(p. 343 in 2nd edition, p. 384 in 3rd edition.)
They Stopped in Time
“Somewhat faded, she nevertheless bloomed afresh. She still had her husband, her home, and a chance to help start A.A. in Texas.”
Esther’s date of sobriety was May 16, 1941.
She was a very attractive woman, full of pep. She was raised in New Orleans where social drinking was acceptable. At home they always had wine with dinner and cordials after dinner. She attended cocktail parties, dances and nightclubs.
The first time she realized what alcohol could do for her was her own wedding. She was so afraid that everything wouldn’t be perfect that she became very nervous and “was really in a terrific state” when her father said “Miss Esther is about to faint. Get her something to drink.” The servant came back with a water glass full of bourbon and made her drink it down. The bourbon hit as she started down the aisle. “I walked down that aisle just like May West in her prime. I wanted to do it all over again,” she wrote.
From that day on she used alcohol to ease social situations and didn’t know when she crossed over the line into alcoholism.
She divorced her husband after seven years and went home to her parents, but couldn’t stand living with them and went back to Texas and remarried her ex-husband. Then they moved to Oklahoma. The drinking got worse; her husband would come home day after day to find her passed out. She was sent to a mental hospital where they kept her seventeen days.
When they moved to Houston the drinking continued. She went out one day to walk the dog. A patrol car passed and saw her staggering and stopped to take her home, but she got “sassy” with him so he took the dog home and took poor Esther to jail. She was only there a few hours. When her husband came to get her the look of disgust on his face helped her to hit bottom.
He had read a story about A.A. in the Saturday Evening Post a few weeks before. He finally showed it to her with the ultimatum “If you will try this thing, I’ll go along with you. If you don’t, you will have to go home. I cannot sit by and watch you destroy yourself!”
She wrote to the GSO office in New York. Within a week a letter came back with A.A. literature. It was the routine letter they sent everyone, but with it was a hand-written letter from, Ruth Hock, A.A.’s non-alcoholic secretary. That personal touch did a lot to help Esther.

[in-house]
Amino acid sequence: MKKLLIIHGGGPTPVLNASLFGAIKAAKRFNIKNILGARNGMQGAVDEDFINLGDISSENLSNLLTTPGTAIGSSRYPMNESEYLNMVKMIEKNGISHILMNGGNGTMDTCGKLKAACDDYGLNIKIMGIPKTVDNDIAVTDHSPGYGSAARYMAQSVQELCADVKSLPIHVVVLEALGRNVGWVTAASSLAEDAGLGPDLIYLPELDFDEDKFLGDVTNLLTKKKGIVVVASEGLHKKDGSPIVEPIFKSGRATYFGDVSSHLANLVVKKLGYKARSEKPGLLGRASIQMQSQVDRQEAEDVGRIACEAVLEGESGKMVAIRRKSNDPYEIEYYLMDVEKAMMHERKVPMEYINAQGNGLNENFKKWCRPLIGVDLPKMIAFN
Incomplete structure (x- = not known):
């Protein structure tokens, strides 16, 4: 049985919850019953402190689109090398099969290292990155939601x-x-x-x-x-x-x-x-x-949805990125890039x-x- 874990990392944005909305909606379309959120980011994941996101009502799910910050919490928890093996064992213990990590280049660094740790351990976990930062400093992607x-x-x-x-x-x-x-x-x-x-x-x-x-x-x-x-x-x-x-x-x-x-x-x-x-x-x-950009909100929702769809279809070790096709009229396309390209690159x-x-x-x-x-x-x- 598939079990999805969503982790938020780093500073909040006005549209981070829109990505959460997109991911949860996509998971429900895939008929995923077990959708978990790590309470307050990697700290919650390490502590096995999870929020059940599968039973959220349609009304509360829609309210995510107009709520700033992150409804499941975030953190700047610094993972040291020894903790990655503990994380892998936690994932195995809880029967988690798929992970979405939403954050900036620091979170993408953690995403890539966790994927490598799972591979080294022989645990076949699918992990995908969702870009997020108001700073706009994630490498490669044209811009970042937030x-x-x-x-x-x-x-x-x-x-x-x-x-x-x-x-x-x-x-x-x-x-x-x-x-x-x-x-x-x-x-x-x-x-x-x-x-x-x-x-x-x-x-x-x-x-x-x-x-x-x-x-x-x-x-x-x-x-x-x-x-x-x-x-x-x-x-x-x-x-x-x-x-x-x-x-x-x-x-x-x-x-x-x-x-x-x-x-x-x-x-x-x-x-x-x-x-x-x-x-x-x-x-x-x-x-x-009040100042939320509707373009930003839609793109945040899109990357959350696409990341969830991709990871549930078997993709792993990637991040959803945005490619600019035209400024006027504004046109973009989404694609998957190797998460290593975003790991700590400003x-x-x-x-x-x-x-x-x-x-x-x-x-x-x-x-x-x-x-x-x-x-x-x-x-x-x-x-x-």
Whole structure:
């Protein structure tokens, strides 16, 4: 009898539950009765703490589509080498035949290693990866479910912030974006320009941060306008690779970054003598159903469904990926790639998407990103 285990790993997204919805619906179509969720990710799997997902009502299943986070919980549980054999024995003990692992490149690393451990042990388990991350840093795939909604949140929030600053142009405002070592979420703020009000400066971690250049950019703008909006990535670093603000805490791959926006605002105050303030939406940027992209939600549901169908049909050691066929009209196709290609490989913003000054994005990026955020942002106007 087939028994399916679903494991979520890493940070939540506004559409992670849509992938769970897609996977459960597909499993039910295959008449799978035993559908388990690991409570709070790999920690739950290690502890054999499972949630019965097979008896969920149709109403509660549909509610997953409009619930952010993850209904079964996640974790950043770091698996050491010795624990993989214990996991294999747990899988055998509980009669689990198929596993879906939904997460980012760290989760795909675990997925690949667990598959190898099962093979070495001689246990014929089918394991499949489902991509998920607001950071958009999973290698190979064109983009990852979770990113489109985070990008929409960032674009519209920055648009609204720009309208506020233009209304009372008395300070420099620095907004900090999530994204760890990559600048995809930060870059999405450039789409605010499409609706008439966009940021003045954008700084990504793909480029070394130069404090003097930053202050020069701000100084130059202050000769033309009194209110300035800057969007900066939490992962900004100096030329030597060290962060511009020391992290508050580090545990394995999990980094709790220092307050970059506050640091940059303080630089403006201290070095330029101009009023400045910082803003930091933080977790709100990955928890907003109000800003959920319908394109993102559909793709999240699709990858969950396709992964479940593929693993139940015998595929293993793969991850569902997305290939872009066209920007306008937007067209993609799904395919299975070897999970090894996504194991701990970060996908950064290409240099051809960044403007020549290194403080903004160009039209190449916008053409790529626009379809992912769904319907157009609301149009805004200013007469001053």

Esther was full of gratitude to her husband, and to A.A. members who had paved the way for her.
During her second year in A.A. they were transferred to Dallas, and started an A.A. group there in 1943. The telephone number in Dallas that Ruth Hock had given her had been disconnected when she arrived. But undaunted, she started seeking other alcoholics to 12th step.
Esther had lived in Dallas from 1927 to 1932 and, according to a letter she wrote to New York dated March 29, 1943, “This is where I had been so sick for five years. Where I started trying out all the doctors, hospitals and cures (the Sanitarium three times) so I’ve lots to do. First off, four doctors to call on and let them look over ‘exhibit A’ (me)! My minister (Episcopal) has two prospects for us. He tried so hard to help me for years, had never heard of A.A.” She added “Hope I have much A.A. to report in my next letter. You’ll be hearing from me!” They did indeed.
A week later, April 5, she wrote “Dear Bobbie [Margaret R. Burger, Bill’s secretary at the time]: The new Dallas Group met for their first time last night! Three inactive alkies, one active from Detroit and two non-alcoholics who brought the active one.” The group met for some time in Esther’s home.
Esther died on June 3, 1960, with slightly more than 19 years of sobriety. Her copy of the Big Book, which is signed by Bill W., is on display in the Dallas Central Office.
Thanks to Cliff B. of Texas for providing the letters that are quoted and the correct spelling of her name and date of death for Esther’s biography.